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A WALKER MEANS FREEDOM FOR SOPHIE

A ‘feisty and determined’ teenager with cerebral palsy has received a new walker to give her as much freedom as possible and improve her mobility – which will mean less time in hospital and away from her family.

Sophie Pritchett, aged 13, from the town of Ferndown in Dorset particularly struggles with her hands and feet because of the condition, but she has been desperate to be upright and walking. She has had numerous surgeries for dislocations of both hips, has a twisted curvature of the spine and chronic lung disease which means she is particularly prone to infection.

Unable to sit or weight bear without support, Sophie uses both powered and manual wheelchairs and although she had a walker which enabled her to be on her feet as much as possible both at home and at school, she has outgrown this. With no funding available for the £2,726 equipment from their local statutory services her family turned to Newlife Foundation for Disabled Children – the UK’s largest charitable provider of essential paediatric equipment to meet the specialist needs of children with disabilities and terminal illness.

Although Sophie will mostly use her new equipment at school, she will also use it at the home she shares with mum Sharon, dad Ian, 21-year-old sister Emily and her brother Oliver, aged 18.
Mum Sharon says although they meet all of her care needs, Sophie wants to do everything she possibly can for herself and will have a go at most things, including feeding herself with cutlery and writing with the aid of a computer.

“Sophie knows her own mind and loves life, she is very feisty and determined and desperately wants to be up on her feet. Even though her old walker was too small, we were still trying to use it for about 30 minutes a day so she could still get some of the benefits. For Sophie a new walker means freedom.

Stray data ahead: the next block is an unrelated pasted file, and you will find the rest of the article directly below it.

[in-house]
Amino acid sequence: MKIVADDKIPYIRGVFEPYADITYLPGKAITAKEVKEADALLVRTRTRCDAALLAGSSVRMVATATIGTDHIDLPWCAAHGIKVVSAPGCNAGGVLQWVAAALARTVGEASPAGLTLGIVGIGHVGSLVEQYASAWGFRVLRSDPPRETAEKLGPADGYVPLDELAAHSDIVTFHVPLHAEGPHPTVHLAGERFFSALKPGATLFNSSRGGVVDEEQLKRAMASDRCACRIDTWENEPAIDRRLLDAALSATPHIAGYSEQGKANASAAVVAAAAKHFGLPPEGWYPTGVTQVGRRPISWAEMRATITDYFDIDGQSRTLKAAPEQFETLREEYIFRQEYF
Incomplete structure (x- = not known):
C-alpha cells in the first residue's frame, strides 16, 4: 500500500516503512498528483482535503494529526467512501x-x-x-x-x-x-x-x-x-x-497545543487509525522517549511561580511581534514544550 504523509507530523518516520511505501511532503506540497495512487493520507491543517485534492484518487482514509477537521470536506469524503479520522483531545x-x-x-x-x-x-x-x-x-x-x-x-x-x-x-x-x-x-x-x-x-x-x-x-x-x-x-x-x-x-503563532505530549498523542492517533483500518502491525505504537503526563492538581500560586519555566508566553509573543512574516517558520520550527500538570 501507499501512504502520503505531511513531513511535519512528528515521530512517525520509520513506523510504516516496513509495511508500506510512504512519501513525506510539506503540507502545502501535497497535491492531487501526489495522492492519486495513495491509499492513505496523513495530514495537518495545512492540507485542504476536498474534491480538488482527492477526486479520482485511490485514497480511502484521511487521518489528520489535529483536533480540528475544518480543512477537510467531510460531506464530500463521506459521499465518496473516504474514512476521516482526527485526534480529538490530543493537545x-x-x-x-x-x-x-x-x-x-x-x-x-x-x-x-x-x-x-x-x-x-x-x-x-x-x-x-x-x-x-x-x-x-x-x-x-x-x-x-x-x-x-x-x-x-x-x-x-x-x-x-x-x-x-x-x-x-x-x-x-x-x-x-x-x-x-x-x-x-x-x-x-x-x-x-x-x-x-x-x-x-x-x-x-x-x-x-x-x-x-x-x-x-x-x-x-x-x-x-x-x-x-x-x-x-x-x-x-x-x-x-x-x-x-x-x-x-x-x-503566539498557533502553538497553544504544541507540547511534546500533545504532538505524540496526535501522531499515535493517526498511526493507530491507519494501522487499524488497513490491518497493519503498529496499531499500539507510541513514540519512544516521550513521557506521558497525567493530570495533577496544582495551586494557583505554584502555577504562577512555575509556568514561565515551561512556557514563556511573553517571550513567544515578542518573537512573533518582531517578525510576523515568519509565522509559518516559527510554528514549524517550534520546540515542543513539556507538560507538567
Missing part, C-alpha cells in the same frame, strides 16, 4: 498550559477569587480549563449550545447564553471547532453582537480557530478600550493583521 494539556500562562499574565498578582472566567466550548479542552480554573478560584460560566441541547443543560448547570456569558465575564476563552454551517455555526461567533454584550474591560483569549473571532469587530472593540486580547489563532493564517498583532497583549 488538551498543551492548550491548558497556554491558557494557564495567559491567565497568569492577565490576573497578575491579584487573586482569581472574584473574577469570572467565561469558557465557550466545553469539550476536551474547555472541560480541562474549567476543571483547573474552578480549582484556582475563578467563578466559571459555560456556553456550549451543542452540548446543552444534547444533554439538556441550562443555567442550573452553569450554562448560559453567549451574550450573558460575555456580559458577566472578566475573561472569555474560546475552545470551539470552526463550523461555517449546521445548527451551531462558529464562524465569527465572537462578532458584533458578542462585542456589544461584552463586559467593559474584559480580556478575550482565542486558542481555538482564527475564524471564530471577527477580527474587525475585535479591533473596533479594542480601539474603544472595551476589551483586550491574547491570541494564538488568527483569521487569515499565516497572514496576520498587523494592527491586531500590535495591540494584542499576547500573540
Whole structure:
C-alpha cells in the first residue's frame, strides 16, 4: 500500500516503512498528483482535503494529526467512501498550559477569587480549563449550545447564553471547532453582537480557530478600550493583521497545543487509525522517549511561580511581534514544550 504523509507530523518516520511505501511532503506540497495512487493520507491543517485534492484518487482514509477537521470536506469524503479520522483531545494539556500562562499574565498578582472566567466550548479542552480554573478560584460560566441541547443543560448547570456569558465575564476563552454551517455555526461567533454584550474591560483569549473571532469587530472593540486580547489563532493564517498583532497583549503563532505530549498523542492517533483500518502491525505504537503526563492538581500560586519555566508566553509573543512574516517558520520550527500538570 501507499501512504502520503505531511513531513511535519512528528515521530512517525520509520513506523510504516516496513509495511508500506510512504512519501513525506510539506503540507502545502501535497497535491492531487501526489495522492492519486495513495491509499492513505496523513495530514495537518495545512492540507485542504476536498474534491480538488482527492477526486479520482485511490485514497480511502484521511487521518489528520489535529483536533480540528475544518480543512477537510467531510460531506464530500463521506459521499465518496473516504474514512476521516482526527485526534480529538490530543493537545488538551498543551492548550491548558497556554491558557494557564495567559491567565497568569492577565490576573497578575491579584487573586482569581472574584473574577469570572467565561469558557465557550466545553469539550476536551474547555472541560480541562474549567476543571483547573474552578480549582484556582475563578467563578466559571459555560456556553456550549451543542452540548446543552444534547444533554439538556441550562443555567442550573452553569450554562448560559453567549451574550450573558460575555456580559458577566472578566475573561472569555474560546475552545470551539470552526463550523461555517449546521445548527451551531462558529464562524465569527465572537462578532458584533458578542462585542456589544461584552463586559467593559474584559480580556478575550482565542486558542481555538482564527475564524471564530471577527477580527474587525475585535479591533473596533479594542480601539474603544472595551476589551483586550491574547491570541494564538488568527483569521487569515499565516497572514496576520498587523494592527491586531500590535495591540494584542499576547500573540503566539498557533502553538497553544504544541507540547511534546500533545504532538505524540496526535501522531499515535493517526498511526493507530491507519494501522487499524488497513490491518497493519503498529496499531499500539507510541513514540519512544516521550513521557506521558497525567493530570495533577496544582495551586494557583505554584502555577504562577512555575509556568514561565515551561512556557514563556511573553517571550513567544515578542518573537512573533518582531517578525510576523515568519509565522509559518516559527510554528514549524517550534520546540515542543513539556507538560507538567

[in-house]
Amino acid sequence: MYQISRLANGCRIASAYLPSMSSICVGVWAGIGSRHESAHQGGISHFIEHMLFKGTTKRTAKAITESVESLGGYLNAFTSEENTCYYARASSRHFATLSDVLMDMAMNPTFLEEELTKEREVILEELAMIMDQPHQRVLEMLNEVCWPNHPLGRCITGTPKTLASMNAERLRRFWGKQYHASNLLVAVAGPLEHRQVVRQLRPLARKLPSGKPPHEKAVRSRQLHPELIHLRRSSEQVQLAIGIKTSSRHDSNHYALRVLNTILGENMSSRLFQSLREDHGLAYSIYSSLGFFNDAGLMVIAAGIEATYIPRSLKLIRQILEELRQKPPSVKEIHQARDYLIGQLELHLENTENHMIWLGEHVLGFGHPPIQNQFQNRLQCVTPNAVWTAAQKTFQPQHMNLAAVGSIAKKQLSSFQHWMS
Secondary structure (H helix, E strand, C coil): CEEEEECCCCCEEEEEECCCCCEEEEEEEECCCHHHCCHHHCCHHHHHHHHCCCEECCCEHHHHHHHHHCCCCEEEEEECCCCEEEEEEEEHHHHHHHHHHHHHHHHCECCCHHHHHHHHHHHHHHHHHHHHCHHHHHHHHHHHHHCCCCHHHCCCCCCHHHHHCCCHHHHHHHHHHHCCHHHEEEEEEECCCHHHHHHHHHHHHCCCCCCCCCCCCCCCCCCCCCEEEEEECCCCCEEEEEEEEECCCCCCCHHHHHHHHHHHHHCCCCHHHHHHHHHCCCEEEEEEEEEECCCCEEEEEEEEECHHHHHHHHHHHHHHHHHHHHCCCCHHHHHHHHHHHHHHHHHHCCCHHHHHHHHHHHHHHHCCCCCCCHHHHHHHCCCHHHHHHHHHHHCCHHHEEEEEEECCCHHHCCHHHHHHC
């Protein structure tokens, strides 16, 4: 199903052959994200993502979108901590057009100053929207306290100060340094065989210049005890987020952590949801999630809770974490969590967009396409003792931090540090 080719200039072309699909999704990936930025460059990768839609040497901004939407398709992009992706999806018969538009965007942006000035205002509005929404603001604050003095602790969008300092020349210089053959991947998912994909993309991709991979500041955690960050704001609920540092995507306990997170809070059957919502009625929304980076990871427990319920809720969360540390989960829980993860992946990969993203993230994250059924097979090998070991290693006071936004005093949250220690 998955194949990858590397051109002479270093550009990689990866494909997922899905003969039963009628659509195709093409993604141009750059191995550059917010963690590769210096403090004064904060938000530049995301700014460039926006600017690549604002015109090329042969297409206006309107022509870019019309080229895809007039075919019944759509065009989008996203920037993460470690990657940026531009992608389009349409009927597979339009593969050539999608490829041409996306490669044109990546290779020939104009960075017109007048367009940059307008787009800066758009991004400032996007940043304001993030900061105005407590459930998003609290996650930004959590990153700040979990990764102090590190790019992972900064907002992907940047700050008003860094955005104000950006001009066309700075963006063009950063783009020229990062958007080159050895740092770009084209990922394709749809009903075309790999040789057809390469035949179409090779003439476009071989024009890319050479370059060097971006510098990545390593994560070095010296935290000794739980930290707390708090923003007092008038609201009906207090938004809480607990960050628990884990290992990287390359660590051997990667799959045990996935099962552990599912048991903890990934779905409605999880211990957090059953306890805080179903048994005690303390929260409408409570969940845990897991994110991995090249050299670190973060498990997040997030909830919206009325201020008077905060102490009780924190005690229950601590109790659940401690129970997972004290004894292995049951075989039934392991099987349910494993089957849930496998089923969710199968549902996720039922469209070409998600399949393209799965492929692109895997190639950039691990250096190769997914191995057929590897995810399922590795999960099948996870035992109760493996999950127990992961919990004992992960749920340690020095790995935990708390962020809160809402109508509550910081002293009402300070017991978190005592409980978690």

“It means she can change positions, see life at a different level and go out on her own two feet. At school I do think using the walker makes a difference to how others view her; people respond differently if she’s upright,” said Sharon.

An important aspect of the walker is also the health benefits of being on her feet. Walking everyday aids digestion, strengthens her muscles and improves the function of all her organs. Vitally for Sophie and her family being upright also keeps her hip joints moving – which will keep her out of hospital and hopefully prevent further surgeries.

Sharon added: “The walker will be a real boost to her self-confidence, but helping her be upright also means keeping her out of hospital – which means keeping us together as a family.”
Newlife has provided equipment for 94 children in Dorset, at a cost of more than £120,215, so we know there is a very real need for a specific county fund. In this way we aim to help more children, more quickly.

Earlier this year Newlife Foundation launched the Dorset Fund – www.newlifecharity.co.uk/dorset. It is an opportunity for local people to help local disabled children and every penny donated and fundraised in Dorset is guaranteed to support vulnerable families in the county.

Special disability equipment including wheelchairs, walkers, beds, seating and communication aids can help give children independence, keep them safe, relive pain and overcome challenges. For instance, you could help a child be discharged from hospital, take their first steps or kick a football with their friends…

The Newlife Dorset Fund website – www.newlifecharity.co.uk/dorset – enables local people to find out who needs help in their county right now and includes contact details of the Newlife County Liaison Team – tel no 01543 431 444 or email [email protected] – and show specific ways people can help support children with disabilities or terminal illness and their families.

Pictured: Sophie Pritchett

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